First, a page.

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Toledo, Ohio & Lake Erie

The Press Newspaper

The Press Newspaper

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        Oregon City Council on Monday voted unanimously against “The Sensible Marijuana Ordinance,” which sends the proposal to the November ballot for voters to decide.

        Mayor Mike Seferian said council had two options: To pass the ordinance, which would then become law, or reject it, allowing voters to decide the issue.

        “If you want voters to decide, you would reject it,” said Seferian.

        Councilwoman Sandy Bihn, who paused before voting against the proposal, said the ordinance was “confusing and misleading.”

        “I’ll say no. But I think this is extremely confusing and misleading. I don’t like the box we’ve been put in,” said Bihn.

        City Administrator Mike Beazley said the initiative petition was sent to the Lucas County Board of Elections. “There were sufficient signatures. We had a hearing with the expectation that council would act on the matter,” he said.

        The issue was discussed at a Safety Committee meeting before it went to city council.

       

No change

        City Councilman Tim Zale, chairman of the Safety Committee, told The Press that the ordinance would have decriminalized, not legalized, possession of marijuana by using the municipal code.

        “The code itself really doesn’t change. It would still say it’s illegal to possess marijuana. But there would be no penalties,” said Zale, a retired Oregon police officer. “The initiative would wipe out all the penalties. There would be no penalty if you were caught possessing marijuana. The code currently has penalties. But we don’t use the municipal code. We use the state code. So even if we passed it, it wouldn’t mean anything because we still wouldn’t be using the municipal code.”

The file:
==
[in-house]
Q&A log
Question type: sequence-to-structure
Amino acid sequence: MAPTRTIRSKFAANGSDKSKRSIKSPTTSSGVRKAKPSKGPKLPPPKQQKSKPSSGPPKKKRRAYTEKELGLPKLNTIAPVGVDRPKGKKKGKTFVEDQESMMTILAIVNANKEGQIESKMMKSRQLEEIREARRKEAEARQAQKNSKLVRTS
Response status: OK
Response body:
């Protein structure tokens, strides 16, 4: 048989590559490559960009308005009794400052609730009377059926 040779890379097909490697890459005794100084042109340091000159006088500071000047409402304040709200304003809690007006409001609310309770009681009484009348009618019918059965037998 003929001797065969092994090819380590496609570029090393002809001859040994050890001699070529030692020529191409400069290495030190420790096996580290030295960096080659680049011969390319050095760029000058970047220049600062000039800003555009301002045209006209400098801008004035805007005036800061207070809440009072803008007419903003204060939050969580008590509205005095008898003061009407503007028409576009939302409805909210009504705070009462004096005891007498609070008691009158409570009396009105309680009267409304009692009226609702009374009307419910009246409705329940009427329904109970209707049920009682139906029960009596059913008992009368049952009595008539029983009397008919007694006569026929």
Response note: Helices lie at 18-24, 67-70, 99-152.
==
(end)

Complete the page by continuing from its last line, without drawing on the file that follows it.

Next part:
Beazley called the proposal “an unusual case.”

        “We use Ohio Revised Code for prosecuting all crimes. Municipal code parallels state law, but we don’t use it,” he said. “There’s only one area in which we use the municipal code because there is not a corresponding state code. No matter what happens, we would still use state law unless someone amends it.”

        Beazley met with the citizen’s group that submitted the petition to inform them that even if the ordinance were passed, it wouldn’t change things.

        “If this were passed, I don’t think they would notice any difference in prosecution or action. They said they understood and that it would be recognized as a political statement,” said Beazley. “They hope someday to change state law.”

       

Other communities

        Beazley said the group has submitted similar initiative petitions for the ordinance in communities across Ohio, including Toledo and Harbor View.

        “They presented it in Toledo first, and it passed. It is also in several other communities across Ohio. They’re hitting a city or two at a time,” said Beazley.

        “The group has every right to do it. This is what our process is. Let democracy take its course,” added Beazley.               

       

       

       

 

 

age

If you could be a certain age forever, what would it be?
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